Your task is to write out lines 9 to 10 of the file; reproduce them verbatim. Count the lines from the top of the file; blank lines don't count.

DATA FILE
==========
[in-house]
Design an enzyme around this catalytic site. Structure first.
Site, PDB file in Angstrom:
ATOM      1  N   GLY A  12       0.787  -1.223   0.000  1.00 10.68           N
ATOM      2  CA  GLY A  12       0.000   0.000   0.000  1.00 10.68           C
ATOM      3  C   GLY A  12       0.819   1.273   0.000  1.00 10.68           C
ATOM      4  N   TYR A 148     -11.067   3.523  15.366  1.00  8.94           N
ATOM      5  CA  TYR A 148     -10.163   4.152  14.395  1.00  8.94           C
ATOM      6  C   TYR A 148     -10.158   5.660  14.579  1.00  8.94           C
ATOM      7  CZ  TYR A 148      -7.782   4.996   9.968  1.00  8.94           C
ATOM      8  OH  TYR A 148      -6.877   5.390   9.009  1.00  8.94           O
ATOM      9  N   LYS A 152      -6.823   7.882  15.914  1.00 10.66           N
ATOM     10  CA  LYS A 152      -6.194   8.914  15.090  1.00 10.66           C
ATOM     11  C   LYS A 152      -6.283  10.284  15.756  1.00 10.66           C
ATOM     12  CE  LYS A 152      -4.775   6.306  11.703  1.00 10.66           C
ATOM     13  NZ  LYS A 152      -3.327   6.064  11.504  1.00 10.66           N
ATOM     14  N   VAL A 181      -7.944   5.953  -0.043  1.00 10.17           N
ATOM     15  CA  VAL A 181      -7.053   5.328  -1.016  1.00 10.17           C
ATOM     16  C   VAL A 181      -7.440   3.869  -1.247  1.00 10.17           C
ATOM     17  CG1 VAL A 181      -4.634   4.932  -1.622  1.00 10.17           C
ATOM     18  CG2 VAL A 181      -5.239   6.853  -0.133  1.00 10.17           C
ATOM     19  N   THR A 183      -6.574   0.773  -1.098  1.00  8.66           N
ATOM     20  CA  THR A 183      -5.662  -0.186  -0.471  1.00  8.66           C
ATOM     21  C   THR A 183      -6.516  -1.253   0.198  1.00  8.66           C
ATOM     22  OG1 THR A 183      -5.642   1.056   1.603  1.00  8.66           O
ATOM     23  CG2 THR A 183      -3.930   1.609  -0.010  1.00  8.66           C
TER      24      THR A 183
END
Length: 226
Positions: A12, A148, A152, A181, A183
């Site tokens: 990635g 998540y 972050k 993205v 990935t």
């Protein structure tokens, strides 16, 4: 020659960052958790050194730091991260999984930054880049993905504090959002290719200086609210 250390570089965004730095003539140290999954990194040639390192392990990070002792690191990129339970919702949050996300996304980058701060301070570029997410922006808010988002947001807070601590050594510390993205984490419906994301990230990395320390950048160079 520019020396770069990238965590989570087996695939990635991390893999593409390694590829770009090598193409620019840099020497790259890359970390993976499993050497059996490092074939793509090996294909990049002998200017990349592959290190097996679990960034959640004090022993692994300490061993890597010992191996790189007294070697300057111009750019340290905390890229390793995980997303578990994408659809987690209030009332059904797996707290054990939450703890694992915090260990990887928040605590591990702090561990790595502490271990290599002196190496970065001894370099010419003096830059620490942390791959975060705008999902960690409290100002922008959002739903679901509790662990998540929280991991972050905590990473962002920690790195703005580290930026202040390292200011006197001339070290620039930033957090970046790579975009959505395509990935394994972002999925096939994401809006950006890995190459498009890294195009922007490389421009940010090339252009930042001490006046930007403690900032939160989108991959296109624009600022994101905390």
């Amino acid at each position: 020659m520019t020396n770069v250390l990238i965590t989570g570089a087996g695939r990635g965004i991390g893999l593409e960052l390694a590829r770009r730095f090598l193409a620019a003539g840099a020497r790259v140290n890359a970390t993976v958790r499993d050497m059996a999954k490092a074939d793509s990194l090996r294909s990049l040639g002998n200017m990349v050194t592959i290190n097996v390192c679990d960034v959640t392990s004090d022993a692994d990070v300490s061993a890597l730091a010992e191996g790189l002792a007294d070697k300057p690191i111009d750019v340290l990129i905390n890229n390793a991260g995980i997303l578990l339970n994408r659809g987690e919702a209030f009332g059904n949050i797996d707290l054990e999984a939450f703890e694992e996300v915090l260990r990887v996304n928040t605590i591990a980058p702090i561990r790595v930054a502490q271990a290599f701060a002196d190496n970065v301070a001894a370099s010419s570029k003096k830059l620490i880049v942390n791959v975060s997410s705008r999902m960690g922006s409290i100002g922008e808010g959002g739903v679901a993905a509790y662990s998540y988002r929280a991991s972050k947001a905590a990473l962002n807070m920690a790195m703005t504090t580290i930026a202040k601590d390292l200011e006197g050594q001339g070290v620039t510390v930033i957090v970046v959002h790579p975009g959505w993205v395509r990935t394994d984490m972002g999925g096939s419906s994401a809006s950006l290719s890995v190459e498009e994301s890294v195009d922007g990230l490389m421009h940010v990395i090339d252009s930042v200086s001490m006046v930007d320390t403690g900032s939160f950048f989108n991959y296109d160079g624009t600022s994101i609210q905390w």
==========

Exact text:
ATOM      6  C   TYR A 148     -10.158   5.660  14.579  1.00  8.94           C
ATOM      7  CZ  TYR A 148      -7.782   4.996   9.968  1.00  8.94           C